Tuesday, February 27, 2007


This week, we have the story of a brilliant piece of public art which may be lost to progress: A mural at our local community college. First however, a couple of friends join us, one for a poem and one for music link.

Norman Ball, a very good poet and musician, sent me this video of American soldiers in Iraq set to his lyrics and music by Paul Millington, titled Spill My Wine (Fallujah):


A Youtuber said it is a tribute to all who must negotiate the fog of war --without political intent.

There are additional protest videos at http://www.neilyoung.com/lwwtoday/lwwvideospage.html

Norm also has tracks at http://www.jtmp.org/Songs/Norman_Ball_Track_3.mp3
and http://www.jtmp.org/Songs/Good%20Books.mp3 both on the
Music for Justice site at http://www.jtmp.org/index.htm

The first is with Tom Saputo and the second with Lonnie Glass.


Suzanne Griffith, one of my partners in The Garbage Collection, send me this poem for MindFire, now on hiatus. It needs publication even if it is just in a Dawg House:

broken rhythms,
just north of Artic (sic)

old fo
rest gone that
ashen wood co
lor gray brown
sheeps' wool
driftwood bug mo


And the story of the week is from our Bremerton Sun. http://www.kitsapsun.com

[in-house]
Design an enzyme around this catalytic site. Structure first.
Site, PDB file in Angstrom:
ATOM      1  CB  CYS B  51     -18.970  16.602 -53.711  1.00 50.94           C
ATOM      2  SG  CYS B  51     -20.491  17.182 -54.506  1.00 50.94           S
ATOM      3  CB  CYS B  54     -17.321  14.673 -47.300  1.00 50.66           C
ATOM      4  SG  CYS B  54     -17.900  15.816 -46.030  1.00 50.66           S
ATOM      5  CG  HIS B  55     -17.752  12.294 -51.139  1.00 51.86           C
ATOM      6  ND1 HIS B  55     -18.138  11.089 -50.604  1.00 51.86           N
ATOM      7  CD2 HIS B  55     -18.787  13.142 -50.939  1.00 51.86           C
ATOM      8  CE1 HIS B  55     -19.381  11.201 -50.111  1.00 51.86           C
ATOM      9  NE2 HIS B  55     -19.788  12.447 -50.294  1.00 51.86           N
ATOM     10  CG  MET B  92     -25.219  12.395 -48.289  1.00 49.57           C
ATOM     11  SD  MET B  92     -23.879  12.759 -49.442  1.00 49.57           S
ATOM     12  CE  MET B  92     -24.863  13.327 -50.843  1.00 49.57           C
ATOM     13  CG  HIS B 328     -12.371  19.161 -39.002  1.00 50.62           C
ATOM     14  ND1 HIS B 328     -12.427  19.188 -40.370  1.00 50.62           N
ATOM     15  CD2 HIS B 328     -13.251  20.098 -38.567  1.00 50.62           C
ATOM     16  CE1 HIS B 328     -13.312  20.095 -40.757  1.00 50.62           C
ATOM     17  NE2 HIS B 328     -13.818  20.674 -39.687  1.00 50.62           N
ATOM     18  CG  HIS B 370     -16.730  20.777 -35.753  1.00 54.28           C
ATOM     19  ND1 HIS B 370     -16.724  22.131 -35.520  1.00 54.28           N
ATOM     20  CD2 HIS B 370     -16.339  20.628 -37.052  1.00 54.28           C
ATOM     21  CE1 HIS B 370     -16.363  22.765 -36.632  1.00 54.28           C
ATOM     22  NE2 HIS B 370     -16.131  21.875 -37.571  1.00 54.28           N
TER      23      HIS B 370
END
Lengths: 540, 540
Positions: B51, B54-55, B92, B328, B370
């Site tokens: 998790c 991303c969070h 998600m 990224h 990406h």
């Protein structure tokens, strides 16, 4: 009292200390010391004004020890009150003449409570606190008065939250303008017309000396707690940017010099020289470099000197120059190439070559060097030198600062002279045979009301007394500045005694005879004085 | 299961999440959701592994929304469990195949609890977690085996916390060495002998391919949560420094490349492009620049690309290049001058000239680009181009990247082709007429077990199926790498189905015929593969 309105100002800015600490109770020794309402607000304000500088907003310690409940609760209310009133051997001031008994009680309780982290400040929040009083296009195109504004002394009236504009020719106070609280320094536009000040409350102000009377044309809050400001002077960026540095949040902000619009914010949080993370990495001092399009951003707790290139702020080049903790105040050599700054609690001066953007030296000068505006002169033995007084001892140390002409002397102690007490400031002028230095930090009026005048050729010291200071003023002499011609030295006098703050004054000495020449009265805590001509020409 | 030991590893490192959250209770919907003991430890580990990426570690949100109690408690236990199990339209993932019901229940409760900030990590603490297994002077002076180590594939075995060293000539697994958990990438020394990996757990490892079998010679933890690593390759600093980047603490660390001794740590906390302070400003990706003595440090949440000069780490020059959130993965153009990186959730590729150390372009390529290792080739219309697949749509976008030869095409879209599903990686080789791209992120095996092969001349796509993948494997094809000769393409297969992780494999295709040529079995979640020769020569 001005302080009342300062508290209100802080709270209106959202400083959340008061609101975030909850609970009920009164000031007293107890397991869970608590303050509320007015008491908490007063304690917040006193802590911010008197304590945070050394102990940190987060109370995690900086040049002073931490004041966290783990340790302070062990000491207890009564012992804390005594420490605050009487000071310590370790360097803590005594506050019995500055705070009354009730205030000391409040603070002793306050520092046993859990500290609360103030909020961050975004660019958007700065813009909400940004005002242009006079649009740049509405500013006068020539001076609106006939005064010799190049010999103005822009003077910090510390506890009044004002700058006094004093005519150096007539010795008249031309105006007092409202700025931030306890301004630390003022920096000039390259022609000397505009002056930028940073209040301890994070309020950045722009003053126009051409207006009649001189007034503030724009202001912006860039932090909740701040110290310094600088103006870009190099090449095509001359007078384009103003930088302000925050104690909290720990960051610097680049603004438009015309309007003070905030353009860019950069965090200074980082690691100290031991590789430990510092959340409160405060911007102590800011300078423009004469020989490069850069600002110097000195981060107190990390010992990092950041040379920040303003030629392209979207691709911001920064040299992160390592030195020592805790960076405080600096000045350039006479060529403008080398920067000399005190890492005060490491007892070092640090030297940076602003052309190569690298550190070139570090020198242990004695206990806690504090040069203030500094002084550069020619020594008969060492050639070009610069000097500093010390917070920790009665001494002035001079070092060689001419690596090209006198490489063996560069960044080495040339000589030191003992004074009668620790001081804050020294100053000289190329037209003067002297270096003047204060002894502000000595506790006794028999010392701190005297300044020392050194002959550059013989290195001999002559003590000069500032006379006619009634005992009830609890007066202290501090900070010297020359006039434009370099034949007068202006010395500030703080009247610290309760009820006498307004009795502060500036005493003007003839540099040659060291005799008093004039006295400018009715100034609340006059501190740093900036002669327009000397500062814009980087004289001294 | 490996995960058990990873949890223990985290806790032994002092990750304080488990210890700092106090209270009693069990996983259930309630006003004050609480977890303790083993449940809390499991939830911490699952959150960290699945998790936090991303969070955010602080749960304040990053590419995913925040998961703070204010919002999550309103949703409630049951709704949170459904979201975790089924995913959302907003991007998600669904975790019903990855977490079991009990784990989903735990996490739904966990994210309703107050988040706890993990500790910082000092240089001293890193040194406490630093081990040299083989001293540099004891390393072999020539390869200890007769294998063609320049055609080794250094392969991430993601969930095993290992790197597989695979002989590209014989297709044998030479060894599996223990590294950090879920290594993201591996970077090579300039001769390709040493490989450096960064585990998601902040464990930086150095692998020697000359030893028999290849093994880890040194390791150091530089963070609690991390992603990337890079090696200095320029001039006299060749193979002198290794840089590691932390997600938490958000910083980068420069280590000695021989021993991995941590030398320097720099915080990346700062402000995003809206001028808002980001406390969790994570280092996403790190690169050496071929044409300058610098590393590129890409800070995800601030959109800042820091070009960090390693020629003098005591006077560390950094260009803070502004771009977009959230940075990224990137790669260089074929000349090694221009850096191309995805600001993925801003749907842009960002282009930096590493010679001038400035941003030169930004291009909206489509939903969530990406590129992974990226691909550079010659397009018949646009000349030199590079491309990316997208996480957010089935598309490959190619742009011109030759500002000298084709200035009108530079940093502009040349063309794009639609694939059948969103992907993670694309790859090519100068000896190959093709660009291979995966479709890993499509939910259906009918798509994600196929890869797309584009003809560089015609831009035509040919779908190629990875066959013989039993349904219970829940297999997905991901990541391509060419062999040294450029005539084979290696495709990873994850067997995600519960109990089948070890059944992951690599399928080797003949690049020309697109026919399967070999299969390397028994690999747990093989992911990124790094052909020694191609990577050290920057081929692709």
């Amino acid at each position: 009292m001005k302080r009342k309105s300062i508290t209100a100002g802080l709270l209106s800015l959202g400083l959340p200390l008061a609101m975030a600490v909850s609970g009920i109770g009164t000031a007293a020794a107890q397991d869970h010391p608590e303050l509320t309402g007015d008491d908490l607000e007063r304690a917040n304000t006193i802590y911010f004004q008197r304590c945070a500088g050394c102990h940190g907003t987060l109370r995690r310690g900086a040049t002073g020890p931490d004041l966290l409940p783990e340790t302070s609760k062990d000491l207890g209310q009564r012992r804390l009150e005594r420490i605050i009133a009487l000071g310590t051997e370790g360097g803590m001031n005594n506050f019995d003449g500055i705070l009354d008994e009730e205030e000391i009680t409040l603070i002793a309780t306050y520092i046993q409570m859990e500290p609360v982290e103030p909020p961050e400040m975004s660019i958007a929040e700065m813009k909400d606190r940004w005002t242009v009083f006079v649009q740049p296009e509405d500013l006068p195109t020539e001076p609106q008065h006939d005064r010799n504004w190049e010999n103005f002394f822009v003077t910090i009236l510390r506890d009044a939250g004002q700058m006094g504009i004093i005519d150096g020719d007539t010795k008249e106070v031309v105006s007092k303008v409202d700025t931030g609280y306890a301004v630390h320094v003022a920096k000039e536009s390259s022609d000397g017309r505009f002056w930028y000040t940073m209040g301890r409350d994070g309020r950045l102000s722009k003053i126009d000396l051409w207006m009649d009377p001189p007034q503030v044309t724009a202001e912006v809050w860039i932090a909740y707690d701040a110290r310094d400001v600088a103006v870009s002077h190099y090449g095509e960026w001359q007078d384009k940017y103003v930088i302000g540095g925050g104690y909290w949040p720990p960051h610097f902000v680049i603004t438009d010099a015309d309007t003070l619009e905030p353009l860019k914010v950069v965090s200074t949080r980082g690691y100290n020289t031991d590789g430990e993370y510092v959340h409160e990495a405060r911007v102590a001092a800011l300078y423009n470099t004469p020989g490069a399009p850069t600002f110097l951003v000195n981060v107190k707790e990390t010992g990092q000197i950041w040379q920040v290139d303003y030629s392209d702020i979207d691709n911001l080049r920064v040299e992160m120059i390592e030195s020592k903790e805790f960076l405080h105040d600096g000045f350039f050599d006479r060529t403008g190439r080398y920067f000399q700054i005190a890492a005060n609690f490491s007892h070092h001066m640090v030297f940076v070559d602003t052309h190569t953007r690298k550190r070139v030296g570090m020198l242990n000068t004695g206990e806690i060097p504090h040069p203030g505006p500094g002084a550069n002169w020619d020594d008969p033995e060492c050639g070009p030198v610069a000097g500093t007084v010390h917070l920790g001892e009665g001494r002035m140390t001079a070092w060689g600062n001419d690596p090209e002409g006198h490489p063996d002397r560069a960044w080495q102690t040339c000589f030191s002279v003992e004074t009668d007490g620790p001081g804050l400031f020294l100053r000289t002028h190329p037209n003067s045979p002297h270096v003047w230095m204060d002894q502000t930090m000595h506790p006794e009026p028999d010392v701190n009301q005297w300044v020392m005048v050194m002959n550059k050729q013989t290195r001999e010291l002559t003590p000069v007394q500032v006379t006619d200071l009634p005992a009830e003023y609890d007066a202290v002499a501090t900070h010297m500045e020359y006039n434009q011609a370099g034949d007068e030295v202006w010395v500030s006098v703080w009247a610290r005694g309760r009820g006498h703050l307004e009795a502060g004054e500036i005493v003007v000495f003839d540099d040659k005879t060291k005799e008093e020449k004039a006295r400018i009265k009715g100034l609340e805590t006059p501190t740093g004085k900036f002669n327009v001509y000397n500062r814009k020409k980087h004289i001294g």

It inspired this poem as part of my One Hundred Days of Rain series:

He Giveth, We Taketh

When the Buddha’s dynamited
by barbarians from the mountains,
Venice’s light allowed to sink,

His arm, recycle bottles, snapped
by bursts of cemented progress,
God’s tears fall into rising seas.

By Andrew Binion

February 24, 2007

Bremerton: It shows the hand of God giving the power of the atom to man, among other things, and was an opus of Olympic College’s first art instructor.

It was made out of bits of brown beer bottle glass fished out of the Puget Sound by schoolchildren.

But the giant mosaic gracing the south side of the math and science building for the past 50 years, painstakingly designed and assembled by the late Hank Blass and his art students, has a date later this year with the wrecking ball.

An effort started by a college librarian and cheered by former students and a former Washington secretary of state has college administrators looking for a way to preserve the mosaic on the side of a building scheduled to be demolished.

"It’s possible to do anything. The question is at what cost," said Barbara Martin, vice president for administrative services. "We need to understand what this is going to take."

When architects visited the site of what is slated to become a brand-new, $19.4-million humanities and student services building, they "all kind of scratched their heads and looked at it," Martin said.